Often, in covering healthcare, researchers speak of seeing an inflection point in the condition they’ve been seeking to understand. The public rallies around the topic, agrees that figuring out how to treat it or eradicate it is of the upmost importance, and the money and resources flood in to fund large-scale studies. The opportunities attract other researchers, and suddenly there’s a complex web of the industry’s smartest minds coalescing over the challenge to better understand something that ails society. You’ve seen this with heart disease and with cancer. Most recently, we’ve seen it with degenerative brain diseases like Alzheimer’s.
And now, that inflection point is coming for depression. That’s according to Dr. Madhukar Trivedi, the Julie K. Hersh Chair for Depression Research and Clinical Care at UT Southwestern. Trivedi is heading up the Center for Depression Research at the Peter O’Donnell Jr. Brain Institute. The center got its start from a $5 million gift, which helps diversify the funding sources. Trivedi previously paid for depression research with grants from the National Institutes of Health and other public sources—and those have specific applications that Trivedi and his fellow researchers must follow. Not to mention, they expire.
Trivedi recently discussed this at a private event held by the Cary Council, a young professional group tied to the Southwestern Medical Foundation. He touched on these aspects and explored the potential of treating depression as a brain disease, complete with biomarkers that can pinpoint depression in the brain. According to the World Health Organization, more than 121 million people worldwide suffer from depression. And unlike heart disease or Alzheimer’s, it’s something that arrives early in life and remains, making the stakes that much higher. The WHO estimates that it costs the global economy $1 trillion each year.
And so D Healthcare Daily got Trivedi on the phone to go a bit deeper about the importance of his research. This interview has been edited for length and content.
D Healthcare Daily: You say it’s important that depression be something that’s recognized as a public health crisis, that we all need to rally to help figure this out.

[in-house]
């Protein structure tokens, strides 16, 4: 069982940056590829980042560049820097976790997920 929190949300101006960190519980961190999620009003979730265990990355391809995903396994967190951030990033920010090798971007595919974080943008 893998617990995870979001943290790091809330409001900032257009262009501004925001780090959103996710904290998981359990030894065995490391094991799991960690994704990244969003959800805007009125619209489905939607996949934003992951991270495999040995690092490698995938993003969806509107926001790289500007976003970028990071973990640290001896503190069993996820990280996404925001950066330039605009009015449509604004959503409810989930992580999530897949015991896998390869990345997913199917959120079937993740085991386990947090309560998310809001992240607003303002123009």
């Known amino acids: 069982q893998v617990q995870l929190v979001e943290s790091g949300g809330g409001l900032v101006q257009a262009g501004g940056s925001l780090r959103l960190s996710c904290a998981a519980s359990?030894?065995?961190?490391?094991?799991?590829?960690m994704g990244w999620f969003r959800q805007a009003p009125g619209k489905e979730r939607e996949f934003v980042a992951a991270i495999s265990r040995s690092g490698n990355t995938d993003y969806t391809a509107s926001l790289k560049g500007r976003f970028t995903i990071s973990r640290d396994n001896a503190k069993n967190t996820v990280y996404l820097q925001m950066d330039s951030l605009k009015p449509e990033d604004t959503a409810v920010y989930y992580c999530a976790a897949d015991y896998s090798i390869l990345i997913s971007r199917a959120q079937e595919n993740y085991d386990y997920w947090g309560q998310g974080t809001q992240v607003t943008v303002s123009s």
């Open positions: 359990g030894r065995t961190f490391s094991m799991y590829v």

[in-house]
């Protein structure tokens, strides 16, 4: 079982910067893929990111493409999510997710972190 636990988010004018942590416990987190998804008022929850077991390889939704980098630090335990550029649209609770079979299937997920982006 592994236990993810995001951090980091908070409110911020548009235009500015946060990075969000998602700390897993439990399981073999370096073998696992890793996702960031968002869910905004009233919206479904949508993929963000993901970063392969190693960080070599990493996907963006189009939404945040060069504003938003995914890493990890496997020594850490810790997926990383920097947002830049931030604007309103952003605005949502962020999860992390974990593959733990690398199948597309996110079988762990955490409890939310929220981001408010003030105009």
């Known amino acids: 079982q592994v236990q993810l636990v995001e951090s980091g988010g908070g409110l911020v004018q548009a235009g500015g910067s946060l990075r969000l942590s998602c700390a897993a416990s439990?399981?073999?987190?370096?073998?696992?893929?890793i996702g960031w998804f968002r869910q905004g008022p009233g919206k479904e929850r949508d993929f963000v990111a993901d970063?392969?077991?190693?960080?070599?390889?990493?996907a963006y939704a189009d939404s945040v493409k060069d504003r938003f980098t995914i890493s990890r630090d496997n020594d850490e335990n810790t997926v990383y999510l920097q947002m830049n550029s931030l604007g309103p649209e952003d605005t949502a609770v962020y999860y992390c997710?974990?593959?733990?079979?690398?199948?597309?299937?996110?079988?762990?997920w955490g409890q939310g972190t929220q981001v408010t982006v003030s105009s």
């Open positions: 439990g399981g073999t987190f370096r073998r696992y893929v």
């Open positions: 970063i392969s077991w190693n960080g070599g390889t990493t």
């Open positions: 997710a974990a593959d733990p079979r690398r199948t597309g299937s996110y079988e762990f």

Trivedi: This is a very common problem, so it affects a lot of people; both people who go through depression, anxiety, bi-poloar disorder, but also their families and their employers. They also feel the effects from it. In the academic arena, the scientific arena, we can continue to do the work, and we will. But there needs to be a large focus like there’s been around other major medical issues like cancer, Alzheimer’s, and HIV, where the community became extremely involved.
We end up creating an environment where there’s not as much acceptance of people who are suffering from it. The stigma and lack of information around these things become a big hurdle so people don’t get diagnosed and those that do don’t follow through with their treatment because the barriers of family support and societal support. So the more we do to make it a collective goal rather than the goal of some researchers is the only way to make a big impact. We are at an inflection point with this because the capacity to understand brain function is rapidly advancing. We have better tools to study the brain, we also have better understanding on where we should be focusing that attention on, and I think that if we as a whole community really take this on, then we will get to a point where we don’t have to see the losses.
DHCD: The Center for Depression Research was funded last year with a $5 million gift from the Hersh Foundation. What did depression research at UT Southwestern look like before the dedicated center entered into the equation?